"It is the liberal dictatorship," says Widdecombe angrily. "Most of our social ills are down to loss of authority; in schools, by the police, in the home, in organised religion.
"There is a slow descent into anarchy. We are in moral anarchy. In some estates it is already there. To change things, you must start to restore authority to the police."
She says that the force should introduce "proportionality" - not sending six officers to arrest someone for making a politically incorrect comment, but instead targeting muggers.
She believes we live in an age in which the liberal tyranny cows people into silence. "People need to be free to say what we think.
"We must not accept this liberal tyranny which says that if you go against the orthodoxy, you will not only be ostracised but criminalised as well.
"We have to take on the three ugly sisters: the rights culture, the compensation culture and political correctness.
"We now have something we have never before had in this country, but is what the Soviets had - which is, that you can be punished by the law for disagreeing with the prevailing orthodoxy."[...]
One reason that Widdecombe is at ease with herself, whatever her public image, is that she is true to her conscience.
She is at a loss to see how other Catholics, such as Cabinet minister Ruth Kelly and the soon-to-be-converted Tony Blair, can square their actions with their consciences.
"If I had been Ruth, I would have resigned over the Catholic gay adoption issue. And I don't understand Blair's actions and his faith," she says.
"There is no doubt he was a huge Catholic sympathiser. But he never once took a pro-life line on abortion.
"He also voted against exempting Christmas Day and Easter Day from Sunday trading regulations.
"And then his government introduced civil partnerships and forbade Catholic adoption agencies from making their own choices over gay adoption.
"If you are being received as a Catholic, as I was, you have to say that all the Church teaches is revealed truth. It is not a pick and mix religion."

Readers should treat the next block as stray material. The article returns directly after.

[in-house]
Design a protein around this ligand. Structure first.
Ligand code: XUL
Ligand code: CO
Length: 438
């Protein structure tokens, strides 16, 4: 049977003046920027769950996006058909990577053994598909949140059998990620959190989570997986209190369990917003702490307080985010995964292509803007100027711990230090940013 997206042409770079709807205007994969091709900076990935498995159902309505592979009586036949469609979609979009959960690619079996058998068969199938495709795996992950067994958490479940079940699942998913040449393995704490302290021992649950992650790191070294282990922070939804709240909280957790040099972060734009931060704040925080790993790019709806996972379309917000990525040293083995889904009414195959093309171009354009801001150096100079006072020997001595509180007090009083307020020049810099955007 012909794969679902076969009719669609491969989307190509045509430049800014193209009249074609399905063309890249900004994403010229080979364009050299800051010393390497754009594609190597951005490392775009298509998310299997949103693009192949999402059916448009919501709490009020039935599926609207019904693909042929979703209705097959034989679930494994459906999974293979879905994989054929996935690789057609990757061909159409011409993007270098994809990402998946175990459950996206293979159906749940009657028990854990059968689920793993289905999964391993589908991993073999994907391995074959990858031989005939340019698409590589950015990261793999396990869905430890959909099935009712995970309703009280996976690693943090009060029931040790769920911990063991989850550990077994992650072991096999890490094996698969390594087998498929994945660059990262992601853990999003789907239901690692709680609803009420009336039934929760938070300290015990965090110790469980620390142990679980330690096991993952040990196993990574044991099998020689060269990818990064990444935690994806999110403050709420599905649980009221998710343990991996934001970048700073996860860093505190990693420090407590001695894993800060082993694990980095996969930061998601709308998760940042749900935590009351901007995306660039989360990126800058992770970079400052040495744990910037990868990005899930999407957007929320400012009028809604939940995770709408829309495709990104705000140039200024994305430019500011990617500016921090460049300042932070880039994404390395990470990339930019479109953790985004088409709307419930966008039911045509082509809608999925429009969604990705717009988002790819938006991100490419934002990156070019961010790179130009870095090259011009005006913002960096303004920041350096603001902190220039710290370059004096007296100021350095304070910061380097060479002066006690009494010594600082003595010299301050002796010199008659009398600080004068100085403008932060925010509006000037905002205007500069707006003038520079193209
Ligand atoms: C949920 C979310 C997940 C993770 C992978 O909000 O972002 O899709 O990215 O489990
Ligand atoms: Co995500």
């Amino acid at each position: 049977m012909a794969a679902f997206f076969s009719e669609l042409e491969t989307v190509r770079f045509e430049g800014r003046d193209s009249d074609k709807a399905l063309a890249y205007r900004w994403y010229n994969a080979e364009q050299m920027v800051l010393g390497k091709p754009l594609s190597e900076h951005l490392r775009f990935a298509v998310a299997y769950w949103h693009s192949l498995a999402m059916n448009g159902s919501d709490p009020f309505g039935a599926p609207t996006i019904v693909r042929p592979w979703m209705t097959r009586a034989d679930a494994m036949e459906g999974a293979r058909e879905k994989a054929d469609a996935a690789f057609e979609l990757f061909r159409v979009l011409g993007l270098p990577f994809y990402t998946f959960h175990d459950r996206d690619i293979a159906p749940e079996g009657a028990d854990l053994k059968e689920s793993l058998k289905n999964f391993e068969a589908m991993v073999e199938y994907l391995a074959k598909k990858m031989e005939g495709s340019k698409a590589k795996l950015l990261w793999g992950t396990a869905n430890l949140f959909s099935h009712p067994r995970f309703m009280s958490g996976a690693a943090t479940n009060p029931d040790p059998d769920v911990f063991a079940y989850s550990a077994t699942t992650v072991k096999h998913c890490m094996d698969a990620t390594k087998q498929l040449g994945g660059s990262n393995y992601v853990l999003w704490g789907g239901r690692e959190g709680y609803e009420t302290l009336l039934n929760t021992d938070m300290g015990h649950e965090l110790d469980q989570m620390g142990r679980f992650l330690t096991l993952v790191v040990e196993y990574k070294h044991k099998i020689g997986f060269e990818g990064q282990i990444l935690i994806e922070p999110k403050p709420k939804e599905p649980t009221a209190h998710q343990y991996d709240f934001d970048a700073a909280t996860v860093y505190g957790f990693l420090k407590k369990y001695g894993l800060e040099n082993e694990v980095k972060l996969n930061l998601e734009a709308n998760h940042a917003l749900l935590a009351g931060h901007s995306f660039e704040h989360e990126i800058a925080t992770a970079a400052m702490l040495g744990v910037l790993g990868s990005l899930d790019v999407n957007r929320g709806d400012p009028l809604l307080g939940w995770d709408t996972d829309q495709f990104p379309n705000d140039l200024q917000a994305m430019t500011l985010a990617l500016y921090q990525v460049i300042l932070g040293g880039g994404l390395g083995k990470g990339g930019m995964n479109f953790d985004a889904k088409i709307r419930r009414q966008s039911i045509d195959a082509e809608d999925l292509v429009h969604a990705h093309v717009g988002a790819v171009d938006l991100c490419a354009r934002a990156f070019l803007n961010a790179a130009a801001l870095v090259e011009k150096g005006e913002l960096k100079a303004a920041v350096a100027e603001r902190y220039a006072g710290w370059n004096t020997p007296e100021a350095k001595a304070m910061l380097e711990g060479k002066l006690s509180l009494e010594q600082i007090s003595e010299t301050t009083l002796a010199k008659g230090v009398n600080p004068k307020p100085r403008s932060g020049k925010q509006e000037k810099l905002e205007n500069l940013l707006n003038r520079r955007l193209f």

She also accuses Blair of weakening Christianity in this country and thus allowing predatory fundamentalist faiths to enter. "The loss of Christian faith has coincided with the growth of a more predatory faith. We should stop confusing respecting the faith of others with surrendering our own."
I don't think there's a word she says here that I don't agree with, although I would say that if the police are to regain their lost authority, then they will have to work hard for it. The loss of trust in, and respect for, the police is something that has been brought about, not just by the incompetence of politicians, but by the actions of officers themselves, many of whom seem only too keen to side with criminals against the law-abiding public.
Miss Widdecombe's comments about Islam (at least, I assume that her talk of "a more predatory faith" was not an effort to expose the hitherto unknown threat posed by hardline Buddhists!) were also encouraging. Even if she did not go as far as I or many of the readers of this site would go in her condemnation of that religion, it is still nice to hear a politician from one of the big three parties come out with something that goes beyond "Islam is a wonderful Religion of Peace".
Of course, the real problem is that Ann Widdecombe is approaching sixty, and will be standing down from parliament at the next election, whereupon she will no doubt be replaced with some liberal Cameronite yes-man. It seems to me that almost all the members of the political elite who sometimes or often speak words of sense are of Miss Widdecombe's generation, or older (two examples that come to mind are Lord Tebbit (76) and Frank Field (65)), while the younger generations of politicians and commentators are almost all tied up in politically-correct liberalism. As the country continues to meander up a certain creek devoid of a paddle, the political elite looks set to move further and further into a liberal dreamworld.